The best way to know your home’s annual energy load is by getting it assessed. This can be done with a qualified assessor or through an online service that requires you to provide details about the property and its occupants as well as some of their habits, such as the number of people in each room at different times during the day/night, sleeping patterns (number hours they sleep), pets living there, kitchen use vs bathroom usage, etc.

Is my property will be Grid Connected or Off the Grid Solar Project?

A home solar array that is connected to the grid may look very different from one that is not. If your solar system is grid-connected, a solar utility company will have input, but if it is off the grid, there will be none.

Amongst the most common ways to live off the grid is to use a solar power generator with backup batteries.

The batteries will charge during the day while the sun is up and discharge at night when the sun sets and no more energy is generated. Both of these system designs have advantages.

To ensure that you always have power, you should typically oversize an off-grid solar system to account for extended periods of low sunlight. A smaller system is fine with grid-connected systems because the grid is always there to compensate for any shortcomings of the solar system.

As solar cell prices fall, it becomes more cost-effective to install larger systems to meet the entire demand of the home.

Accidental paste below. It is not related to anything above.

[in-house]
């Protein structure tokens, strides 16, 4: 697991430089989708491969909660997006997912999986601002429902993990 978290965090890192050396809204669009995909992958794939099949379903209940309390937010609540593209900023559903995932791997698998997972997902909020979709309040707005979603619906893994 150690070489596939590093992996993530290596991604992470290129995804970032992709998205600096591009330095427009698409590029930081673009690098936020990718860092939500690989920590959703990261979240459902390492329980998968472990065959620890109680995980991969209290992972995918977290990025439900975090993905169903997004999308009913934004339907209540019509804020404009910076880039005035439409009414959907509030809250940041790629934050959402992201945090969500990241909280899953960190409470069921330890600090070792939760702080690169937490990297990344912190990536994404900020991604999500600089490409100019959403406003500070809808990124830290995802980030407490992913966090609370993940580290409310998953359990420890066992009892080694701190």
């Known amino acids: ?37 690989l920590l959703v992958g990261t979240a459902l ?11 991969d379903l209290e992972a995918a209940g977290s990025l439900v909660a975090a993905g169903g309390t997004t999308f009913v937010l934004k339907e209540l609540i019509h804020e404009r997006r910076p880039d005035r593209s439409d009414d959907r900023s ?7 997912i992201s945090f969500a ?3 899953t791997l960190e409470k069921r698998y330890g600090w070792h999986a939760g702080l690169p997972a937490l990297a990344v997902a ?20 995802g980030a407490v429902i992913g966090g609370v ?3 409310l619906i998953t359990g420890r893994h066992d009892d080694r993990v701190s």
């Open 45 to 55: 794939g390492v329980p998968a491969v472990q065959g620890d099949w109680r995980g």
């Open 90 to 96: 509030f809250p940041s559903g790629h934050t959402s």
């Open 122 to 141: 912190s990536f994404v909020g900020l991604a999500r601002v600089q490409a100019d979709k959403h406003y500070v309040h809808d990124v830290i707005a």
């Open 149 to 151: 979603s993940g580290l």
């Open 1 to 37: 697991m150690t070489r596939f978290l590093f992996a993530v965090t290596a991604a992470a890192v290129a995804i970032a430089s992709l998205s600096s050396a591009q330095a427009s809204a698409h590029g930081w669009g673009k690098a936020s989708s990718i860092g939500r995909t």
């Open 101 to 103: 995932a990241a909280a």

Do I plan to utilize net metering initiatives?

Because the sun does not shine constantly, it is only natural that you will need to rely on your solar utility company for energy.

Fortunately, many states have a policy known as net metering, which allows homeowners who produce more electricity than they use during daylight hours during some months of the year to export excess electricity back into their grid for other customers’ consumption when needed at night or on cloudy days.

When you have solar power installed, the utility credits your electric bill for every kilowatt-hour of energy that is stored and exported.

This means when a sunny day comes to town with high demand from other communities in need of electricity, you get compensated by putting excess capacity into the grid.

In states where net metering solar laws do not exist, exported solar may only be valued at the wholesale rate rather than the regular resale rate.

Net metering solar to the grid also functions as a type of “battery” without the need to purchase one, which can be quite costly. States that have net metering laws usually have the solar power infrastructure in place to accommodate energy flowing both in and out of a home.

What number and capacity equipment will I choose?

Although there are many solar PV tools available for designing solar systems for your house, they can be costly, as can hiring someone to do that for you.

Instead, you can perform some simple calculations to determine the size of your solar system needed to meet your entire home’s electricity consumption. First, you must determine the wattage of solar panels that will be installed on your house.